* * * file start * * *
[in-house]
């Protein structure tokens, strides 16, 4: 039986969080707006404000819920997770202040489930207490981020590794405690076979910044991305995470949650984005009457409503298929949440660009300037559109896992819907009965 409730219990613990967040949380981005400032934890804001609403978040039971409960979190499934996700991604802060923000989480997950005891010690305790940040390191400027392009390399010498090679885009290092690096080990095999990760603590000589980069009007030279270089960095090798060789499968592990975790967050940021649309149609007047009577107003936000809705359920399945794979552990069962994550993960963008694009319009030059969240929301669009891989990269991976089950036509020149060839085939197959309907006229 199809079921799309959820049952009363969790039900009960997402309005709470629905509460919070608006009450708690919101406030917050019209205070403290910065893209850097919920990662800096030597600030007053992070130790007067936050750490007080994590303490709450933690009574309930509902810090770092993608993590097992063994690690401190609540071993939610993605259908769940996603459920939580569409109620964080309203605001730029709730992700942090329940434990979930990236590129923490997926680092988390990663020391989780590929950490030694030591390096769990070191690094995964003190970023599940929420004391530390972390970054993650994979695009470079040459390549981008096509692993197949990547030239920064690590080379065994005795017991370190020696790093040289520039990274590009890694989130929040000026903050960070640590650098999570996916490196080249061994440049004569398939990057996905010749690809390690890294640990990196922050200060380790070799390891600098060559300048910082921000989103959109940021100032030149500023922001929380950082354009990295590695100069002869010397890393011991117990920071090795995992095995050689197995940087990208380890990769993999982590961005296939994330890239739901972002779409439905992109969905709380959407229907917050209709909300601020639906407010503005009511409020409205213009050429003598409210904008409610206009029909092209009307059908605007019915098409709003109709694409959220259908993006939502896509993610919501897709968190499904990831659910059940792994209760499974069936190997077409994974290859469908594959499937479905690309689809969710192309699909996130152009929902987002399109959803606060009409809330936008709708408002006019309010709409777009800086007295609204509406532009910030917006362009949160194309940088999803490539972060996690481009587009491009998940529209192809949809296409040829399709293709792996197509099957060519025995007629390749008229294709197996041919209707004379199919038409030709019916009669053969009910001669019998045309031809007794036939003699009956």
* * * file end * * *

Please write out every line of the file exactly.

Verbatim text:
[in-house]
């Protein structure tokens, strides 16, 4: 039986969080707006404000819920997770202040489930207490981020590794405690076979910044991305995470949650984005009457409503298929949440660009300037559109896992819907009965 409730219990613990967040949380981005400032934890804001609403978040039971409960979190499934996700991604802060923000989480997950005891010690305790940040390191400027392009390399010498090679885009290092690096080990095999990760603590000589980069009007030279270089960095090798060789499968592990975790967050940021649309149609007047009577107003936000809705359920399945794979552990069962994550993960963008694009319009030059969240929301669009891989990269991976089950036509020149060839085939197959309907006229 199809079921799309959820049952009363969790039900009960997402309005709470629905509460919070608006009450708690919101406030917050019209205070403290910065893209850097919920990662800096030597600030007053992070130790007067936050750490007080994590303490709450933690009574309930509902810090770092993608993590097992063994690690401190609540071993939610993605259908769940996603459920939580569409109620964080309203605001730029709730992700942090329940434990979930990236590129923490997926680092988390990663020391989780590929950490030694030591390096769990070191690094995964003190970023599940929420004391530390972390970054993650994979695009470079040459390549981008096509692993197949990547030239920064690590080379065994005795017991370190020696790093040289520039990274590009890694989130929040000026903050960070640590650098999570996916490196080249061994440049004569398939990057996905010749690809390690890294640990990196922050200060380790070799390891600098060559300048910082921000989103959109940021100032030149500023922001929380950082354009990295590695100069002869010397890393011991117990920071090795995992095995050689197995940087990208380890990769993999982590961005296939994330890239739901972002779409439905992109969905709380959407229907917050209709909300601020639906407010503005009511409020409205213009050429003598409210904008409610206009029909092209009307059908605007019915098409709003109709694409959220259908993006939502896509993610919501897709968190499904990831659910059940792994209760499974069936190997077409994974290859469908594959499937479905690309689809969710192309699909996130152009929902987002399109959803606060009409809330936008709708408002006019309010709409777009800086007295609204509406532009910030917006362009949160194309940088999803490539972060996690481009587009491009998940529209192809949809296409040829399709293709792996197509099957060519025995007629390749008229294709197996041919209707004379199919038409030709019916009669053969009910001669019998045309031809007794036939003699009956």